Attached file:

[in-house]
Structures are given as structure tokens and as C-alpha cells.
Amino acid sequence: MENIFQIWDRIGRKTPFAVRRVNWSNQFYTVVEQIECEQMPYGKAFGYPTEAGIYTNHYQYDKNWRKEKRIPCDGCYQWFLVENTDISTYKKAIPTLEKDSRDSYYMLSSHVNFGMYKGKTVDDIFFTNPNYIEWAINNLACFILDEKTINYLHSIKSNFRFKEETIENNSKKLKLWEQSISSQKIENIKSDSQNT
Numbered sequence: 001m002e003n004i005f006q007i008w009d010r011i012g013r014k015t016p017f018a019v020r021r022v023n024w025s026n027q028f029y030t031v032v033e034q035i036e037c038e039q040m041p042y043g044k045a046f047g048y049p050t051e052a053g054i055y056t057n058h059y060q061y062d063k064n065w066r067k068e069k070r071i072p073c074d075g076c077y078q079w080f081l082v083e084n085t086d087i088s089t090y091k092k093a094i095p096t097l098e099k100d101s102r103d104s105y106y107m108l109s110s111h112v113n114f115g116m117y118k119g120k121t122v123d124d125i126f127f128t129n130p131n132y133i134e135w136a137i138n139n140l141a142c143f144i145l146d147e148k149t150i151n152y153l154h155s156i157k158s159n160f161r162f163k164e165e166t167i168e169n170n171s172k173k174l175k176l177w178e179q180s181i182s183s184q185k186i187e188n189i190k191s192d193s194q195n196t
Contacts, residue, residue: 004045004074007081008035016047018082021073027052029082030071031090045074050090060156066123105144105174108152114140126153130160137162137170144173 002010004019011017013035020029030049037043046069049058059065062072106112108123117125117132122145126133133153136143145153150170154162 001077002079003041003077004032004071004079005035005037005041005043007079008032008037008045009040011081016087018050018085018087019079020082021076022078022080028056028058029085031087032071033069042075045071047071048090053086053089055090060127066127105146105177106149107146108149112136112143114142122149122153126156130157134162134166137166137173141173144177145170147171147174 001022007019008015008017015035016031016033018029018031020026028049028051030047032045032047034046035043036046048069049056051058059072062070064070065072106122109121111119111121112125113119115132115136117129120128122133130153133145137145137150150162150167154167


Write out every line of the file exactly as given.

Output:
[in-house]
Structures are given as structure tokens and as C-alpha cells.
Amino acid sequence: MENIFQIWDRIGRKTPFAVRRVNWSNQFYTVVEQIECEQMPYGKAFGYPTEAGIYTNHYQYDKNWRKEKRIPCDGCYQWFLVENTDISTYKKAIPTLEKDSRDSYYMLSSHVNFGMYKGKTVDDIFFTNPNYIEWAINNLACFILDEKTINYLHSIKSNFRFKEETIENNSKKLKLWEQSISSQKIENIKSDSQNT
Numbered sequence: 001m002e003n004i005f006q007i008w009d010r011i012g013r014k015t016p017f018a019v020r021r022v023n024w025s026n027q028f029y030t031v032v033e034q035i036e037c038e039q040m041p042y043g044k045a046f047g048y049p050t051e052a053g054i055y056t057n058h059y060q061y062d063k064n065w066r067k068e069k070r071i072p073c074d075g076c077y078q079w080f081l082v083e084n085t086d087i088s089t090y091k092k093a094i095p096t097l098e099k100d101s102r103d104s105y106y107m108l109s110s111h112v113n114f115g116m117y118k119g120k121t122v123d124d125i126f127f128t129n130p131n132y133i134e135w136a137i138n139n140l141a142c143f144i145l146d147e148k149t150i151n152y153l154h155s156i157k158s159n160f161r162f163k164e165e166t167i168e169n170n171s172k173k174l175k176l177w178e179q180s181i182s183s184q185k186i187e188n189i190k191s192d193s194q195n196t
Contacts, residue, residue: 004045004074007081008035016047018082021073027052029082030071031090045074050090060156066123105144105174108152114140126153130160137162137170144173 002010004019011017013035020029030049037043046069049058059065062072106112108123117125117132122145126133133153136143145153150170154162 001077002079003041003077004032004071004079005035005037005041005043007079008032008037008045009040011081016087018050018085018087019079020082021076022078022080028056028058029085031087032071033069042075045071047071048090053086053089055090060127066127105146105177106149107146108149112136112143114142122149122153126156130157134162134166137166137173141173144177145170147171147174 001022007019008015008017015035016031016033018029018031020026028049028051030047032045032047034046035043036046048069049056051058059072062070064070065072106122109121111119111121112125113119115132115136117129120128122133130153133145137145137150150162150167154167